Well George, as you would say it, "Waaal, Ah guesses the free market ain't all that free after all." No George, it ain't.

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The upcoming weekend looks like a late-summer, early fall dandy, cool and sunny. There is a rally at the United Nations Monday at 11:45 to show Iran's president, in the U.S. to make a speech at the U.N., what we feel about him and his policies. Now that the idiots at the Orthodox Union and the Council of Presidents of  Major American Jewish Jewish Organizations stopped trying to make this a partisan political event, my wife and I will probably go. I don't know who's idea it was to invite Sarah Palin, but I'm glad smarter heads won out.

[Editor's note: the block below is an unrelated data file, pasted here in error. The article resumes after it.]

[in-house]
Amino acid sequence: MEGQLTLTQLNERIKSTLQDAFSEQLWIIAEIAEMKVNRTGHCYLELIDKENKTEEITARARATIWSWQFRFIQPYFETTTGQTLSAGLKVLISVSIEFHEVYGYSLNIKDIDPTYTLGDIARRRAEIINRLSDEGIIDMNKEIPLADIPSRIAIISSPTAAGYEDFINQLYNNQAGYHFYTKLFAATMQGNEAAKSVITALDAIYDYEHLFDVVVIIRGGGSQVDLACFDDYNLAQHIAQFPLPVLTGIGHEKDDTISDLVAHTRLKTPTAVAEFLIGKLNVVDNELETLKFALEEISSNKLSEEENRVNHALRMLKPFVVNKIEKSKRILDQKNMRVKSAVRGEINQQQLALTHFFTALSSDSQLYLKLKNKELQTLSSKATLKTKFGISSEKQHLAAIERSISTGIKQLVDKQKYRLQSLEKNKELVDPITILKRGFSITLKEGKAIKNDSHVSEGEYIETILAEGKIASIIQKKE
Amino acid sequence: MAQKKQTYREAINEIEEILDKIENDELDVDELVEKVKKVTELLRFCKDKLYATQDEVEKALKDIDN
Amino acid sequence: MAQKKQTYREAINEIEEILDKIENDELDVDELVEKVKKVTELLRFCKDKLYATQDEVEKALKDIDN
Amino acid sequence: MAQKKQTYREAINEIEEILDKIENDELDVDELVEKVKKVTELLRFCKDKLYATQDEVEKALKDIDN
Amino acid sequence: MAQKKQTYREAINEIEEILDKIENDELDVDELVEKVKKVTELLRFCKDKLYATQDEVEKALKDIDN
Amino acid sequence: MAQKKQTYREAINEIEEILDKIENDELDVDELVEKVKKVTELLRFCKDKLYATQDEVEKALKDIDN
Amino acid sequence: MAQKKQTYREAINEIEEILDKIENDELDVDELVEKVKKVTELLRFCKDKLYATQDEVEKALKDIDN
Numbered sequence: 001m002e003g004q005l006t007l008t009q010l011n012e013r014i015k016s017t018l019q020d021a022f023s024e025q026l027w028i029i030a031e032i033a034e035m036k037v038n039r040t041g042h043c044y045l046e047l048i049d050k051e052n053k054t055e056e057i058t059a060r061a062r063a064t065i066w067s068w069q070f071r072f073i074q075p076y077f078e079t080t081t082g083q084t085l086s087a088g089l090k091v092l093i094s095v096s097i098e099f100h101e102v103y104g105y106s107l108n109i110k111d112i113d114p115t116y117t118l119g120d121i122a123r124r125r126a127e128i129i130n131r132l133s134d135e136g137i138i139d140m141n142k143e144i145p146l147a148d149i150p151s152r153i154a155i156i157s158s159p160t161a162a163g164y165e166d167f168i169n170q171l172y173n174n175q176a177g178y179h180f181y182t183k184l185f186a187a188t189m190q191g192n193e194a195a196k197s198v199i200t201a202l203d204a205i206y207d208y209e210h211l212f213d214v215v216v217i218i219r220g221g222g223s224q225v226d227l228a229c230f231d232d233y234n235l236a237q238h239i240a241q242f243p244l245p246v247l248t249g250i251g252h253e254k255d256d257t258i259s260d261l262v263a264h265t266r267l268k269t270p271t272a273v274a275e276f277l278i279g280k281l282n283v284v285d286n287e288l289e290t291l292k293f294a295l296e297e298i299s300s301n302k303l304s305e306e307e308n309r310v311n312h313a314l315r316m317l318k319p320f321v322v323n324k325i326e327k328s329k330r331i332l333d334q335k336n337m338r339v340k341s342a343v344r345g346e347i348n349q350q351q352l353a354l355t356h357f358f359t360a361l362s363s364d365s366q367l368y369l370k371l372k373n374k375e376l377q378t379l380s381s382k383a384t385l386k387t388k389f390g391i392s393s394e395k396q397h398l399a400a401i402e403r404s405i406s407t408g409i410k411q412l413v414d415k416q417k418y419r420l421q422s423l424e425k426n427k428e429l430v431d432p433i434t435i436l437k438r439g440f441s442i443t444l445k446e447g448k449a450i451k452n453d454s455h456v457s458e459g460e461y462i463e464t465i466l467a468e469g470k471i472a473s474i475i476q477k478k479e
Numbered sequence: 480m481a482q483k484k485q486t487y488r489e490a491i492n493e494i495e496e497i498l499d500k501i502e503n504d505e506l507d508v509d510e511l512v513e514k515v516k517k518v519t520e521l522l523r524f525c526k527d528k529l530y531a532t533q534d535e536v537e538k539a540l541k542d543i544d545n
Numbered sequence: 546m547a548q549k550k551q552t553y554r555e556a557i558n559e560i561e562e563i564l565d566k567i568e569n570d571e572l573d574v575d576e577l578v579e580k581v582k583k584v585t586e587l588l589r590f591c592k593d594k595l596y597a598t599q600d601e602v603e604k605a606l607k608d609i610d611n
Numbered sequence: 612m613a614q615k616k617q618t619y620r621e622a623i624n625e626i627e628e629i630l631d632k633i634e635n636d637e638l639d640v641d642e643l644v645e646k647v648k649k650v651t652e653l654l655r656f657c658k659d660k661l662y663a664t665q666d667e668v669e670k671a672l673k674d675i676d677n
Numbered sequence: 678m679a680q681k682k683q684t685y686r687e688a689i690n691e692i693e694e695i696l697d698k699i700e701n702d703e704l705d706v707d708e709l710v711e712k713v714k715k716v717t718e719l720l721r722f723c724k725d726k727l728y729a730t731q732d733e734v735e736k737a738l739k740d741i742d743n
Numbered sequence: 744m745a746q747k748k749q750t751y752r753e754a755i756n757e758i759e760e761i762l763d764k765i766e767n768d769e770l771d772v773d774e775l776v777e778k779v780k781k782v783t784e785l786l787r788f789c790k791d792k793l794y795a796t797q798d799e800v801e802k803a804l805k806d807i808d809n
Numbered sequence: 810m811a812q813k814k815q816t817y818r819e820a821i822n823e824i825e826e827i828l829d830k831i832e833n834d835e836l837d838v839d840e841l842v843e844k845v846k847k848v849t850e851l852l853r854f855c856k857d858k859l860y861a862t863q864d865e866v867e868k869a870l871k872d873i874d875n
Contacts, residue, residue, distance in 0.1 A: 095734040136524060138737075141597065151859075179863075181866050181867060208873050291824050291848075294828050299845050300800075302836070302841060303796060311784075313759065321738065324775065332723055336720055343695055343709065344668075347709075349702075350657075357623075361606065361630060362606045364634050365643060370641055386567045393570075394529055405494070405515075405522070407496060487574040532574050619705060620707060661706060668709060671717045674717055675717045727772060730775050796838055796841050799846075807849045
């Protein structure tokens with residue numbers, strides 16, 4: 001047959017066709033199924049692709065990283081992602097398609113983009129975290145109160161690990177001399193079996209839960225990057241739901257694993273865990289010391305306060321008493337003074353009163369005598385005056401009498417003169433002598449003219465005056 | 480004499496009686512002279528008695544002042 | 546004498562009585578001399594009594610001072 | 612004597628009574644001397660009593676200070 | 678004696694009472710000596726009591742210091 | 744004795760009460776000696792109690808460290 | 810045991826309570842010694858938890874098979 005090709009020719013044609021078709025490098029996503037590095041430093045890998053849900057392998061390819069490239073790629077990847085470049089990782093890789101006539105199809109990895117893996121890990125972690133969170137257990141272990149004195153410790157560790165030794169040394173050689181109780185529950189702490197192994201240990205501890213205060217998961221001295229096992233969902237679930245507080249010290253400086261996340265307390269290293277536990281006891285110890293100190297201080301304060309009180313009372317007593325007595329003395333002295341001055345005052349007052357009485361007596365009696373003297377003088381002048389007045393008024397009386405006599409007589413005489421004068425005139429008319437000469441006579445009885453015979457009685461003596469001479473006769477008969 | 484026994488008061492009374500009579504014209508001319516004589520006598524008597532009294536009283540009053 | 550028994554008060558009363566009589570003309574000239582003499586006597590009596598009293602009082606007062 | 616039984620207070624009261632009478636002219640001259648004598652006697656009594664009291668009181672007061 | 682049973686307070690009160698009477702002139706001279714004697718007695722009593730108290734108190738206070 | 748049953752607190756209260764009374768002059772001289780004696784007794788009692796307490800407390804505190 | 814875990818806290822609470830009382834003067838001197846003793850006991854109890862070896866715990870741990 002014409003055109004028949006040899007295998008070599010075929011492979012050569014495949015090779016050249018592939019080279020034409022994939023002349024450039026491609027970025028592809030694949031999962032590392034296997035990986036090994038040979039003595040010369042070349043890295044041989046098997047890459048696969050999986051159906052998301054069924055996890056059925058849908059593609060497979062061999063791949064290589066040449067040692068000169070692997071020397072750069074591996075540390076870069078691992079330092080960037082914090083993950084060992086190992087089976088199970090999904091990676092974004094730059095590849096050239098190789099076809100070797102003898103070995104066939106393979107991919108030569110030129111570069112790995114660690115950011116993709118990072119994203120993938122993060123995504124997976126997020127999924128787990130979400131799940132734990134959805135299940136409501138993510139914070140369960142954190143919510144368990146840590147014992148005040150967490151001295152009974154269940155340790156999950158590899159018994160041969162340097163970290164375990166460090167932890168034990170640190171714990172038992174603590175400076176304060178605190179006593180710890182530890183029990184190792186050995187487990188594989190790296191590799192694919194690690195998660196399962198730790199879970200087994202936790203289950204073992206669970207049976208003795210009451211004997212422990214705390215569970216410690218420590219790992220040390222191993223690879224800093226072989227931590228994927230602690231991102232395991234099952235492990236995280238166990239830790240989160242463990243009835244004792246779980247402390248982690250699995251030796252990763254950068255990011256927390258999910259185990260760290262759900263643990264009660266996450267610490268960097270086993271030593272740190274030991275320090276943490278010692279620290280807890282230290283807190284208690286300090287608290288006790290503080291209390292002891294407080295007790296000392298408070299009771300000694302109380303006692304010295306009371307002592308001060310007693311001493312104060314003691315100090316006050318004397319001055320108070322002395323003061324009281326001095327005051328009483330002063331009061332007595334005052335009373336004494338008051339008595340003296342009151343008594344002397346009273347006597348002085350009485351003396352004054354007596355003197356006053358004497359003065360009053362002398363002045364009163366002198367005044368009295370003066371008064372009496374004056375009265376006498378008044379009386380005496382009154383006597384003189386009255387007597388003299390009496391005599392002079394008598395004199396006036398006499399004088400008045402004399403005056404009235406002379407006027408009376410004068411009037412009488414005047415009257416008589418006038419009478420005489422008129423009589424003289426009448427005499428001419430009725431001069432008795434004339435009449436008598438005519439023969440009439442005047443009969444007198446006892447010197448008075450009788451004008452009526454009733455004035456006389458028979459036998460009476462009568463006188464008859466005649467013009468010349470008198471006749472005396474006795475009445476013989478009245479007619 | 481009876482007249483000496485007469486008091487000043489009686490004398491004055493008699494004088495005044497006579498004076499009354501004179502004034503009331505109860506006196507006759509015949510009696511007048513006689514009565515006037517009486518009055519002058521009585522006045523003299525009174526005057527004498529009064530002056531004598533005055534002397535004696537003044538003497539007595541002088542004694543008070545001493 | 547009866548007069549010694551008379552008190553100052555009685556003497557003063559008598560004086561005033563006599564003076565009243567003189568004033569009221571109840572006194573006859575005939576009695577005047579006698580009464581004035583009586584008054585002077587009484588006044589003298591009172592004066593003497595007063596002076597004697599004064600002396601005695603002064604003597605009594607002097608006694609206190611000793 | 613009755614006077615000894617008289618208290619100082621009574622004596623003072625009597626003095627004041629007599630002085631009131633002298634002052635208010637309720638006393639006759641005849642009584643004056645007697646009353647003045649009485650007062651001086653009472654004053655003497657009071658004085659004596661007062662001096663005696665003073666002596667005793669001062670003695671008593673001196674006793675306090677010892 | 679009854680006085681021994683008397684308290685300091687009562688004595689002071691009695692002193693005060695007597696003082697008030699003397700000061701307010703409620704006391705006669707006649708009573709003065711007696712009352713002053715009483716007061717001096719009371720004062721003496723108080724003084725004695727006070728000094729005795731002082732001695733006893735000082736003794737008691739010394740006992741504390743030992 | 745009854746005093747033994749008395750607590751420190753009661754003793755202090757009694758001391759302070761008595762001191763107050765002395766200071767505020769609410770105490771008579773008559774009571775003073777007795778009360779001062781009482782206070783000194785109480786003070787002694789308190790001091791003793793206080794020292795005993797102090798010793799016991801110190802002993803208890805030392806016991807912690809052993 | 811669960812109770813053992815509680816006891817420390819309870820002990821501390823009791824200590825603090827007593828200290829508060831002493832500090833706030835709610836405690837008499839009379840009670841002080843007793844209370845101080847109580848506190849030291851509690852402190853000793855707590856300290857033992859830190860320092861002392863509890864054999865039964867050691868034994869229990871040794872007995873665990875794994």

Anyway, have a great weekend and, for those in the Tribe, a wonderful Shabbos and a meaningful Slichot.

Until next time...

Tuesday, September 16, 2008

Brother, can you spare a fiver?

First, a little celebration and back-slapping. This is the 200th edition of Len'sLens. This little exercise in free-form writing began in 2006, sometime after I decided to accept Gannett's  offer to evacuate the seat I had occupied for the better part of a decade and a half.

For those among you who have been loyal readers of these previous 199 posts, thanks so much. Writing can sometimes seem like howling into the wind, but it keeps one going, and on one's toes as well, to know there really is someone on the other end of the conversation.

I've "met" some interesting people, including the guy who recorded "Grandma Got Run Over by a Reindeer", which may have some more political import this year than Dr. Elmo Shropshire, may have intended.  I "met" a fellow who runs a Web site dedicated to airport parking.